"A number of questions arise at the outset of the book. Are contemporary problems unusual? Can these problems be traced to a decline of institutions? For that matter, what is the definition of an institution?
In answering the first question, Levin begins on page 2 with a long quotation from Robert Nisbet’s Twilight of Authority. Nisbet speaks darkly of “twilight ages… Processes of decline and erosion… a vacuum obtains in the moral order… Retreat from the major to the minor, from the noble to the trivial, the communal to the personal, and from the objective to the subjective… degradation of values and of corruption of culture… estrangement from community.”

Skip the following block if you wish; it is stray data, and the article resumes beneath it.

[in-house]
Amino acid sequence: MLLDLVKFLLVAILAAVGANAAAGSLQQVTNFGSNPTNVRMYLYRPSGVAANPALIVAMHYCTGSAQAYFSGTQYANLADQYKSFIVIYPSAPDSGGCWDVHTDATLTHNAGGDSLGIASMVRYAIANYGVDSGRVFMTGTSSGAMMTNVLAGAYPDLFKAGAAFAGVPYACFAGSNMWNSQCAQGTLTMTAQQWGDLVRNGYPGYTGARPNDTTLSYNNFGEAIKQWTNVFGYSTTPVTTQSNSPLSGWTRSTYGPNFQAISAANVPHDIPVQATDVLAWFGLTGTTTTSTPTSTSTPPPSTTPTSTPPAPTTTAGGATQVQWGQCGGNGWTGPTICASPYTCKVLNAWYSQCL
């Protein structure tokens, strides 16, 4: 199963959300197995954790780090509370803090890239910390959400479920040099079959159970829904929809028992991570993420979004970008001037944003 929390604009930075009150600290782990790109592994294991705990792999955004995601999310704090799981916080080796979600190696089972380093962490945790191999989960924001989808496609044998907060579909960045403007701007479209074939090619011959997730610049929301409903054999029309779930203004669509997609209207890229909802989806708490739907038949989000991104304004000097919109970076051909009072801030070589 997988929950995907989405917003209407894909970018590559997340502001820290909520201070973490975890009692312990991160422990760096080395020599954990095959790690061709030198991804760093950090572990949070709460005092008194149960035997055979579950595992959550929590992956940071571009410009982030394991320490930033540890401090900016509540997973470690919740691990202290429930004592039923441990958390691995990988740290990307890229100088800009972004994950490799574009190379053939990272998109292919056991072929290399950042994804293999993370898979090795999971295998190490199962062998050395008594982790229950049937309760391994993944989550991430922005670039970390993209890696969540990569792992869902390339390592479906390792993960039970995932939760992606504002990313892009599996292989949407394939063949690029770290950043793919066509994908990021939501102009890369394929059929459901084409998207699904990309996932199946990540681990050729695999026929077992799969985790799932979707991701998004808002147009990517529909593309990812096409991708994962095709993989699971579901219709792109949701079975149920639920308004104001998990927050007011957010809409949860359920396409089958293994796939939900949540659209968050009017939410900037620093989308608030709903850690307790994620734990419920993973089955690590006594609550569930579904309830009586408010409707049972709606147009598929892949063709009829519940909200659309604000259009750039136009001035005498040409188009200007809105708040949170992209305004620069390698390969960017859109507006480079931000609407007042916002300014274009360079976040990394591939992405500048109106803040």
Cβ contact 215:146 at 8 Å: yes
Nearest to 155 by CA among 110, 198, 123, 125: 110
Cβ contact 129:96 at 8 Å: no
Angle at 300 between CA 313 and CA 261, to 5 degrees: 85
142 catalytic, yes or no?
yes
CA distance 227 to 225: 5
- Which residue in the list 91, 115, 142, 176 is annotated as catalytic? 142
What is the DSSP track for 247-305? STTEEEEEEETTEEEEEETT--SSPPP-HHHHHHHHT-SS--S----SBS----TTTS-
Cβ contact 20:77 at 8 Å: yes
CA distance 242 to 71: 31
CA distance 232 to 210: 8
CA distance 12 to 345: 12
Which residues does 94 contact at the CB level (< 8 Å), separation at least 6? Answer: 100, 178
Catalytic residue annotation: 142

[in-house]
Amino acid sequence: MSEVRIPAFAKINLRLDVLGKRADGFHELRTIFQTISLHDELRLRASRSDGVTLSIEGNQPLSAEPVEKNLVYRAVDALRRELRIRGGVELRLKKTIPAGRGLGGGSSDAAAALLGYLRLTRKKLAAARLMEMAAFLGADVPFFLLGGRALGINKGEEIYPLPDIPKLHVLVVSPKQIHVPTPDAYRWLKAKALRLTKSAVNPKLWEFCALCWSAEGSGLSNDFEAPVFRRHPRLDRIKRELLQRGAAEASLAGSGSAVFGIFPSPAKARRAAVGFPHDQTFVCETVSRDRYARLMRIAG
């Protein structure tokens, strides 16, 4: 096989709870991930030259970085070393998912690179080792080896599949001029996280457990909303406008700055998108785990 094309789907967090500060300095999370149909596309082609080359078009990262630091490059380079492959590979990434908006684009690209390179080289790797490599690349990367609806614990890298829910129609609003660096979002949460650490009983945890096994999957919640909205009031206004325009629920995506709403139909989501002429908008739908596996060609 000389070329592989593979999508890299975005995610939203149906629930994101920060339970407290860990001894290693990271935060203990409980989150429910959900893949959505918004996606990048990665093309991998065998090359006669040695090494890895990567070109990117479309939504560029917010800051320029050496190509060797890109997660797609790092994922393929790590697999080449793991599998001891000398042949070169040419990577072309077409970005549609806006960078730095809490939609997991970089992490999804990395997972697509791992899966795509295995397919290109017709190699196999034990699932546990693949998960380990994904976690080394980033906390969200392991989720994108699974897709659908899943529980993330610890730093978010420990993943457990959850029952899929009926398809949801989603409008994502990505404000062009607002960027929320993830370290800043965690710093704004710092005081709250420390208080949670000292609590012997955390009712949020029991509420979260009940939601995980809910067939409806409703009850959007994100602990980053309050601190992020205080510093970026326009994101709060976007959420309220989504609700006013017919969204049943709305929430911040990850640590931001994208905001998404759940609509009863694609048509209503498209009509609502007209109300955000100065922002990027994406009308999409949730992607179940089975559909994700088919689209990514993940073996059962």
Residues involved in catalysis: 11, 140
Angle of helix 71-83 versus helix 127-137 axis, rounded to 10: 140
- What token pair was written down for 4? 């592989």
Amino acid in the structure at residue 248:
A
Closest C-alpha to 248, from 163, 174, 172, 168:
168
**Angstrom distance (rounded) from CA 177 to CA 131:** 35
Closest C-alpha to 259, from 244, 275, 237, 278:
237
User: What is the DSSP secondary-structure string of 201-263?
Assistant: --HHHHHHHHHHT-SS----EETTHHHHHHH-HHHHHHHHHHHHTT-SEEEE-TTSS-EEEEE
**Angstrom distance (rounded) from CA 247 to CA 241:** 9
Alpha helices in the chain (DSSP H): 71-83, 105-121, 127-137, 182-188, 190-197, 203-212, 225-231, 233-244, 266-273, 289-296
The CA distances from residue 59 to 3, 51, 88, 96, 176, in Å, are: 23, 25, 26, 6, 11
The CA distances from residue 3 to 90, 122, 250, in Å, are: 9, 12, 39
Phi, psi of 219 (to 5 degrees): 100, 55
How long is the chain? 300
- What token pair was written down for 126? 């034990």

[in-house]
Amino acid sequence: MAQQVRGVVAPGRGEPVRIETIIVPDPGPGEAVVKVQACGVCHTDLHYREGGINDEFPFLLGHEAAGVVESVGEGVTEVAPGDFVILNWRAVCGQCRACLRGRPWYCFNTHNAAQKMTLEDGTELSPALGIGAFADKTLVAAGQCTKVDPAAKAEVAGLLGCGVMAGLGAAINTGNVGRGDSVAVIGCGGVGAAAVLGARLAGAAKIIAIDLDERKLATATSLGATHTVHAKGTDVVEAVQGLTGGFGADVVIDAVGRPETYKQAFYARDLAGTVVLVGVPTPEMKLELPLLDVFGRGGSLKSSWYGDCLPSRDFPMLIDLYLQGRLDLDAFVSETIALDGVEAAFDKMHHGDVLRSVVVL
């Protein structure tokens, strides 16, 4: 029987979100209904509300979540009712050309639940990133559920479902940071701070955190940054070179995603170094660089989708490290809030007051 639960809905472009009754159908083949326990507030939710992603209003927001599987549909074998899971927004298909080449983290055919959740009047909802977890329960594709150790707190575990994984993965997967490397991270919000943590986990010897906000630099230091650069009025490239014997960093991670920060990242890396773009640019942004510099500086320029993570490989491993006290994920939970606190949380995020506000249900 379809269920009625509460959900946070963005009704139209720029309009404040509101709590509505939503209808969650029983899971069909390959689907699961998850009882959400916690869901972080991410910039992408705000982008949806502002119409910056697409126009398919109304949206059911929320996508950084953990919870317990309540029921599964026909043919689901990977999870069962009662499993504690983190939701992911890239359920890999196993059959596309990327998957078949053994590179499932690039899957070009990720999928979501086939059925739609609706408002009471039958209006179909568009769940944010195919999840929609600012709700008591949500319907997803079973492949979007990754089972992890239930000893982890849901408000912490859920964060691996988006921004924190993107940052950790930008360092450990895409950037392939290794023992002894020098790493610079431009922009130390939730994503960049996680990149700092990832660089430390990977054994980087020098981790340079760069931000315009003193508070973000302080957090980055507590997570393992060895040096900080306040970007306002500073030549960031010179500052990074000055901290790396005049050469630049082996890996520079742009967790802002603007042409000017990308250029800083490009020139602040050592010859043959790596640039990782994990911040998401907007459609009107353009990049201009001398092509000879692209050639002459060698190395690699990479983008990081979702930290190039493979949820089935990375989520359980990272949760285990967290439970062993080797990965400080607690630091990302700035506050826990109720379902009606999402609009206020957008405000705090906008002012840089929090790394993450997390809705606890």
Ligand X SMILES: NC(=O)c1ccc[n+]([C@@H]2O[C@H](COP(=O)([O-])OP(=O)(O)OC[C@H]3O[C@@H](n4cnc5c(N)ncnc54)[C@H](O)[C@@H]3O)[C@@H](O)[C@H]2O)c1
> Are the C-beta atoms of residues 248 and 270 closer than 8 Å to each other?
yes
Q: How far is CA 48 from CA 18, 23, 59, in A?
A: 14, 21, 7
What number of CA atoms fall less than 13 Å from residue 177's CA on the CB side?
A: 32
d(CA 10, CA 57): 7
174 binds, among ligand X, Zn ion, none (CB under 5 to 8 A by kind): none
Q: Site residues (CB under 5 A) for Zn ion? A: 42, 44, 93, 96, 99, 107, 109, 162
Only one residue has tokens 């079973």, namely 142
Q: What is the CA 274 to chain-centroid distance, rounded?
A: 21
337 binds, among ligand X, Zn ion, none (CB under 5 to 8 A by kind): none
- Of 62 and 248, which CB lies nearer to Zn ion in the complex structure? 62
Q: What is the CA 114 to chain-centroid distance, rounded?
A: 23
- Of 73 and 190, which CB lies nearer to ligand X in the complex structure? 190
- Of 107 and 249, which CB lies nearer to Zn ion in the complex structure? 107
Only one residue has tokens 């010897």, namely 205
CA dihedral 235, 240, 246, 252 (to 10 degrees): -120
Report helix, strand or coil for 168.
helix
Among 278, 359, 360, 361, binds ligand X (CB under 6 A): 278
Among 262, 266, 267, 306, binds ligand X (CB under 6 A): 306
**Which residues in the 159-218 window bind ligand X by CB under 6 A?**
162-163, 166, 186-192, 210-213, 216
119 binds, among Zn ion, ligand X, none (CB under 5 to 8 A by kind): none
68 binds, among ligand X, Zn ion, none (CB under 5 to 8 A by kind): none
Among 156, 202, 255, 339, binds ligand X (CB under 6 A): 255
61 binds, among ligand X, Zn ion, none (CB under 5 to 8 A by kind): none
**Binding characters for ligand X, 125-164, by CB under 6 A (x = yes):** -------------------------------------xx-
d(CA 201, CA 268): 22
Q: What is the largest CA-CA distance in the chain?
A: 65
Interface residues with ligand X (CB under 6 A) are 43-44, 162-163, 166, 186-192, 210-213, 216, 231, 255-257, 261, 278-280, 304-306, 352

Levin wishes to borrow Nisbet’s rhetoric to describe our current predicament. But a careful reader will note that Twilight of Authority appeared in 1975, which is close to what Levin will later suggest was a high point for trust in American institutions. In that respect, the quotation subtly goes against Levin’s thesis that institutional decay is a distinctively contemporary phenomenon."